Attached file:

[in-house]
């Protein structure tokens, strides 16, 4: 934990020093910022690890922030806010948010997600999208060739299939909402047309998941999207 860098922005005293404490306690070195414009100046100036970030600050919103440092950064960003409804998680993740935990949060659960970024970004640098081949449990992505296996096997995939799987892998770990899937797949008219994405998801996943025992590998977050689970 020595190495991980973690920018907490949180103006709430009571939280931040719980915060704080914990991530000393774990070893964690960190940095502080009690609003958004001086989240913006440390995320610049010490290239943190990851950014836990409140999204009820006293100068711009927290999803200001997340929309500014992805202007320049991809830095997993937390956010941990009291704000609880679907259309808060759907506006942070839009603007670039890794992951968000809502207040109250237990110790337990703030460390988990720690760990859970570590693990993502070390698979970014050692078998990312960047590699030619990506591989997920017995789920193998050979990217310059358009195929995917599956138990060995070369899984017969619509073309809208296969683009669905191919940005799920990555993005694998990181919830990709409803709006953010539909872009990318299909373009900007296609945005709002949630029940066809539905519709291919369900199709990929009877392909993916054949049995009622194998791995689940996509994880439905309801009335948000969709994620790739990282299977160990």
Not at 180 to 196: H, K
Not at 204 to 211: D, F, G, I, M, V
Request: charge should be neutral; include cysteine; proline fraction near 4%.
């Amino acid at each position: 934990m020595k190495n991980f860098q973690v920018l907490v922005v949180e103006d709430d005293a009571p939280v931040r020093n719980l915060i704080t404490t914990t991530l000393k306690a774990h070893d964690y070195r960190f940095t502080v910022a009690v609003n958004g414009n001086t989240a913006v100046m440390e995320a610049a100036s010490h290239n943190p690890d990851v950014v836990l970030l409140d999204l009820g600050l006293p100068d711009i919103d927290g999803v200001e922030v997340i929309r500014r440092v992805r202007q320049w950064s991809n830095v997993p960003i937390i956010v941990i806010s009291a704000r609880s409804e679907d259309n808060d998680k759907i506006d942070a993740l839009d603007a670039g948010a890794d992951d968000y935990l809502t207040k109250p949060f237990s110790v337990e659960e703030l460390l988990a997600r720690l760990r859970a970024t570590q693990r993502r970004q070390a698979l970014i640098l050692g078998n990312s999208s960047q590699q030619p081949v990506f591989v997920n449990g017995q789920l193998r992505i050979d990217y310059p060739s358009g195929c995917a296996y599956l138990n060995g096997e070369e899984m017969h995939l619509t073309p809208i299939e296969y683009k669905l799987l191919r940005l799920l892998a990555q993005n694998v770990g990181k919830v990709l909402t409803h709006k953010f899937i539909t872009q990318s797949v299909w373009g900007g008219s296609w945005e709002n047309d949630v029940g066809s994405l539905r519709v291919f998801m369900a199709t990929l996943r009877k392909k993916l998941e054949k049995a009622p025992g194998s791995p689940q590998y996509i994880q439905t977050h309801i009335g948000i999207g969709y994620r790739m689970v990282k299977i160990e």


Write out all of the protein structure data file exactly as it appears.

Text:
[in-house]
């Protein structure tokens, strides 16, 4: 934990020093910022690890922030806010948010997600999208060739299939909402047309998941999207 860098922005005293404490306690070195414009100046100036970030600050919103440092950064960003409804998680993740935990949060659960970024970004640098081949449990992505296996096997995939799987892998770990899937797949008219994405998801996943025992590998977050689970 020595190495991980973690920018907490949180103006709430009571939280931040719980915060704080914990991530000393774990070893964690960190940095502080009690609003958004001086989240913006440390995320610049010490290239943190990851950014836990409140999204009820006293100068711009927290999803200001997340929309500014992805202007320049991809830095997993937390956010941990009291704000609880679907259309808060759907506006942070839009603007670039890794992951968000809502207040109250237990110790337990703030460390988990720690760990859970570590693990993502070390698979970014050692078998990312960047590699030619990506591989997920017995789920193998050979990217310059358009195929995917599956138990060995070369899984017969619509073309809208296969683009669905191919940005799920990555993005694998990181919830990709409803709006953010539909872009990318299909373009900007296609945005709002949630029940066809539905519709291919369900199709990929009877392909993916054949049995009622194998791995689940996509994880439905309801009335948000969709994620790739990282299977160990």
Not at 180 to 196: H, K
Not at 204 to 211: D, F, G, I, M, V
Request: charge should be neutral; include cysteine; proline fraction near 4%.
């Amino acid at each position: 934990m020595k190495n991980f860098q973690v920018l907490v922005v949180e103006d709430d005293a009571p939280v931040r020093n719980l915060i704080t404490t914990t991530l000393k306690a774990h070893d964690y070195r960190f940095t502080v910022a009690v609003n958004g414009n001086t989240a913006v100046m440390e995320a610049a100036s010490h290239n943190p690890d990851v950014v836990l970030l409140d999204l009820g600050l006293p100068d711009i919103d927290g999803v200001e922030v997340i929309r500014r440092v992805r202007q320049w950064s991809n830095v997993p960003i937390i956010v941990i806010s009291a704000r609880s409804e679907d259309n808060d998680k759907i506006d942070a993740l839009d603007a670039g948010a890794d992951d968000y935990l809502t207040k109250p949060f237990s110790v337990e659960e703030l460390l988990a997600r720690l760990r859970a970024t570590q693990r993502r970004q070390a698979l970014i640098l050692g078998n990312s999208s960047q590699q030619p081949v990506f591989v997920n449990g017995q789920l193998r992505i050979d990217y310059p060739s358009g195929c995917a296996y599956l138990n060995g096997e070369e899984m017969h995939l619509t073309p809208i299939e296969y683009k669905l799987l191919r940005l799920l892998a990555q993005n694998v770990g990181k919830v990709l909402t409803h709006k953010f899937i539909t872009q990318s797949v299909w373009g900007g008219s296609w945005e709002n047309d949630v029940g066809s994405l539905r519709v291919f998801m369900a199709t990929l996943r009877k392909k993916l998941e054949k049995a009622p025992g194998s791995p689940q590998y996509i994880q439905t977050h309801i009335g948000i999207g969709y994620r790739m689970v990282k299977i160990e």